Mainstream Americans fear the single payer approach because it concentrates too much power in the hands of a single monopoly. Images of "Big Brother" come to mind, and the way congressional leadership avoids addressing these concerns gives credibility to their fears. Some of the circulating rumors are ridiculous, but there is good reason for people to think twice. When they are dismissed as "un-American" without a proper substantive response, it just feeds their anger, and the rush to pass legislation without allowing time for careful consideration raises suspicions that there is something there that the leaders do not want the public to see.

I hate to see the good parts of this plan thrown out with the bad, but the concentration of power this would produce is too tempting to those that would hold control. No one knows that better than skeptical baby boomers who grew up distrusting authority in general and government and large corporations specifically.

Furthermore, a government that takes care of everyone, makes decisions for them and shields them from the consequences of their own folly does not promote responsibility, but rather dependence.

In this respect, a law mandating universal coverage with community rating, portability and elimination of pre-existing conditions does not need a public plan to achieve reform. However, the financial problems of Massachusetts must be addressed before the nation goes down that road. Thoughtful opponents will not be satisfied until they get substantive answers to these very reasonable questions.

eric said...

Dear Anonymous: I agree with everything that you say, except for an error of fact. Democrats have been proposing some form of national health care plan since 1948, not to mention the near-miss in the Clinton era. America is not being "rushed." America has been dragging its feet for sixty years.--Eric

Anonymous said...

Very true, Eric. I did not mean to imply that much effort has not been made to inform the public of the need for change. However, there is a lot of "devil in the details" and people (including myself) are concerned that there hasn't been time to understand exactly what's being proposed. When we learn that our representatives don't know what's in the bills, it increases this concern.

No legislator can sift through every page, but that's what they have staff for. Corporate executives would never be excused for ignorance of something this important. Laypeople can't understand some of the technical details, but if what's in the bill isn't explainable in terms that a reasonably intelligent person can understand, it's probably too complex and perhaps too detailed to be stipulated in statutory law.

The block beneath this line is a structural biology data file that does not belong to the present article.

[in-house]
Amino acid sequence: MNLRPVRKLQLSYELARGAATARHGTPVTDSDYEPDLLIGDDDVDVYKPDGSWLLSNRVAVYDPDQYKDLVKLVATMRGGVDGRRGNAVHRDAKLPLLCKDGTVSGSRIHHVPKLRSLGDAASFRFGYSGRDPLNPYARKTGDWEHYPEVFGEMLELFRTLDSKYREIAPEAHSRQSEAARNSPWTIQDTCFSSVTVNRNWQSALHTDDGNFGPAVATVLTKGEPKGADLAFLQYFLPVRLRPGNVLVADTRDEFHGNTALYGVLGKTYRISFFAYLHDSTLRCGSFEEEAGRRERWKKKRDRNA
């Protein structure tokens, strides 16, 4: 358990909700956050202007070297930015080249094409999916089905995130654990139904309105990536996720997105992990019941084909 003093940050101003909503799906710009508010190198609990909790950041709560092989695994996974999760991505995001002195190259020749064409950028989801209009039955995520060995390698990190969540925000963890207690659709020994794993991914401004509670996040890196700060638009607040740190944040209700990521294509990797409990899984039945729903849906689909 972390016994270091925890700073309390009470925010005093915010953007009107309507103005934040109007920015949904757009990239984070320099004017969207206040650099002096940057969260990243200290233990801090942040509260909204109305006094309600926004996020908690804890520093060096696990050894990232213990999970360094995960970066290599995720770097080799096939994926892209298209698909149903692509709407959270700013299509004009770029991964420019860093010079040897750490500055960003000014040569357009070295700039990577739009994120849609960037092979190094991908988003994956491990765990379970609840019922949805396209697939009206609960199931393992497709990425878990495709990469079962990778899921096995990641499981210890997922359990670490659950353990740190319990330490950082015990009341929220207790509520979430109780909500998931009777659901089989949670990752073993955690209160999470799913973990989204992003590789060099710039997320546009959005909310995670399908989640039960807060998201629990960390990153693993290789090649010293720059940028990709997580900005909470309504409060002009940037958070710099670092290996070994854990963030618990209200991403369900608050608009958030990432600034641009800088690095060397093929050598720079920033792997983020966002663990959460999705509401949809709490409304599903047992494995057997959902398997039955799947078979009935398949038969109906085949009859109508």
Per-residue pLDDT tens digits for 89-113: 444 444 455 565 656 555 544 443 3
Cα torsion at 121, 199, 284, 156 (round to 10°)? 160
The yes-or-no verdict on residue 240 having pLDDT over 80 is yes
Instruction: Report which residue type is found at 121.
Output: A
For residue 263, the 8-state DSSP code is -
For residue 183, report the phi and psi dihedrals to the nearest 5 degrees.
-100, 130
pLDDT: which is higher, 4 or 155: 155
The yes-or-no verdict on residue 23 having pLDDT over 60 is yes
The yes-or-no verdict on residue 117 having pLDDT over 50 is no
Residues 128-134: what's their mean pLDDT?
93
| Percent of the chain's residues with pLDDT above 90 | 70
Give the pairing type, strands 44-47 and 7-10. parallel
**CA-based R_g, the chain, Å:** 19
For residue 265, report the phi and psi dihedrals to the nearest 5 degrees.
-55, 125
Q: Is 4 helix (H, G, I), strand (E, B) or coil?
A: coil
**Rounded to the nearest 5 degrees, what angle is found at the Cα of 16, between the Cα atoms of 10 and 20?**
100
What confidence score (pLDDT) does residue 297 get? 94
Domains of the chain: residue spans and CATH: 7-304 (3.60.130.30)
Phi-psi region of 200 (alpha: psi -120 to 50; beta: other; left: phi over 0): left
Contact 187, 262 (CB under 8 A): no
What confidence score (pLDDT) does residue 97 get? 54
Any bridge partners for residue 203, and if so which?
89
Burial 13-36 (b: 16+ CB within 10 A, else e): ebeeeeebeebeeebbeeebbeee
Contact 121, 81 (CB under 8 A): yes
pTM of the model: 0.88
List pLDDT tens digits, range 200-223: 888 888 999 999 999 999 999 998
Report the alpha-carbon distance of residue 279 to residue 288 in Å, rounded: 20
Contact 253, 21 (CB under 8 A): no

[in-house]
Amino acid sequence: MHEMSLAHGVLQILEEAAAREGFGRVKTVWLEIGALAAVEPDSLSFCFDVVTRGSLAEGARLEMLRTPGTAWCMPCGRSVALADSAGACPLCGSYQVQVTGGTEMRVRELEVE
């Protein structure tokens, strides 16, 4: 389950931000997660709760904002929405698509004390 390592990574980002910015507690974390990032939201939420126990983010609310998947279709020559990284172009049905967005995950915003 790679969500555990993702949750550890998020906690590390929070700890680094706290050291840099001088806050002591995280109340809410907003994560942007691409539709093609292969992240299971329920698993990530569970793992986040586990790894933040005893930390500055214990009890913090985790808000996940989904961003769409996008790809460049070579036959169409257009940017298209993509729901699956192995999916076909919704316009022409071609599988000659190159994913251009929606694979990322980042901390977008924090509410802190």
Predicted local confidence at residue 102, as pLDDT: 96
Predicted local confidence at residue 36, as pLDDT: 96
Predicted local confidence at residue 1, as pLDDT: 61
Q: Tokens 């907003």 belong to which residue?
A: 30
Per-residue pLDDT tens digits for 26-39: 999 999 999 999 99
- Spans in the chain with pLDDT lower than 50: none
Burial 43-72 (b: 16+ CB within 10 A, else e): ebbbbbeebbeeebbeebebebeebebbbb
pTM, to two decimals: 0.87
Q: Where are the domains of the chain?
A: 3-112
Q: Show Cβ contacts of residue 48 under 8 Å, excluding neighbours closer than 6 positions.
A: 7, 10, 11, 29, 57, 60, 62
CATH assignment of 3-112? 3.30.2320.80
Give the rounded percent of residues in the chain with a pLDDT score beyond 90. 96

Public anger turns into wildly exaggerated fears. Add to that the fact that the Democrats' proposed budget numbers don't add up and you have the present stalemate.

Jim Sabin said...

Hi Anonymous and Eric -

I'm sorry for the delay in responding - I've been out of the country for the last 2 1/2 weeks. (I did some posts in advance to keep the blog "alive"!)

I'm torn by Anonymous's argument. I agree that the issues deserve more time for reflection among our leaders and genuine public education and debate. The practical politicians, however, say that more time means more sloganeering, more "death panel" lies, and not more reflection and learning. This is the basic problem of how democracies tackle complex problems.

Anonymous's comment about public fears of "concentration of power" point to an important paradox. Our fear of a powerful "Big Brother" have led to laissez faire policies which in turn have allowed emergence of a VERY powerful "Fifth Column," in which multiple economic interests have taken over our health system and rendered the public powerless.

My hope is that the tremendously messy situation we're seeing will generate the kind of reflection and learning that Anonymous wants to foster. My fear is that what we'll see is one more victory for the "Fifth Column" and another five years of out-of-control spending, tremendous waste, and poor value for our money.



Chiropractic EMR said...

We need to engage in a deeper and more productive discussion about values so that reform is built on a solid foundation. The relevant values range from justice to liberty to responsibility to stewardship. These values must be placed in historical and philosophical context before we can determine the policy implications for health care reform of taking each value seriously.
Everyone should be responsible for participating in whatever way is appropriate; when anyone needs health care that is reasonably effective and not financially ruinous, the care will be there for them.
Thanks for sharing